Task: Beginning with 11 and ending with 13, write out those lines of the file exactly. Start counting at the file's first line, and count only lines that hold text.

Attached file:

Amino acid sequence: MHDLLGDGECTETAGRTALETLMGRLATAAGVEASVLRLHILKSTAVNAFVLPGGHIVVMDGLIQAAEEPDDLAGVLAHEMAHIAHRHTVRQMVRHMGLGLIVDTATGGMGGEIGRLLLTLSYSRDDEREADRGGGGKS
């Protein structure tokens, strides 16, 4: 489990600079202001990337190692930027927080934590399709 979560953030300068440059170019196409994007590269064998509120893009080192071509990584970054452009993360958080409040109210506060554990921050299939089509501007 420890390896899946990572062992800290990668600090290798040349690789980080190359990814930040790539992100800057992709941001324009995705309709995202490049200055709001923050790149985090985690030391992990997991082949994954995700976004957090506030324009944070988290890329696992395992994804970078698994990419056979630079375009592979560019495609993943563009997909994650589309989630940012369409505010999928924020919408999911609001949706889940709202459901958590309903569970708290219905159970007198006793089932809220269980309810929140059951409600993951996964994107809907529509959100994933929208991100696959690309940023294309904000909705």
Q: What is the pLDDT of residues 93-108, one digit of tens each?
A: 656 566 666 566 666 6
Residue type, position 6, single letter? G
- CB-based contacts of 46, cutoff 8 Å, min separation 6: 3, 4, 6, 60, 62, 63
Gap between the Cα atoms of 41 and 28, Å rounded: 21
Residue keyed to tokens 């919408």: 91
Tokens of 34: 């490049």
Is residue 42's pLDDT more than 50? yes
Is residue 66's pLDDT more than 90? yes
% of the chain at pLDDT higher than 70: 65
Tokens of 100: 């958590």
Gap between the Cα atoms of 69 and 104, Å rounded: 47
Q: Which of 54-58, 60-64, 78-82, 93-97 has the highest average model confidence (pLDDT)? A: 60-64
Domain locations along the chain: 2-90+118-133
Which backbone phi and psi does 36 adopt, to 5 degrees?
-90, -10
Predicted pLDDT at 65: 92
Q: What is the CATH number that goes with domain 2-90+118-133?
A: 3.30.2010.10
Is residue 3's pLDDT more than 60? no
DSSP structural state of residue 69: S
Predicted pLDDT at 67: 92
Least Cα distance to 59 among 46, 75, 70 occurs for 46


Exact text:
Is residue 66's pLDDT more than 90? yes
% of the chain at pLDDT higher than 70: 65
Tokens of 100: 């958590």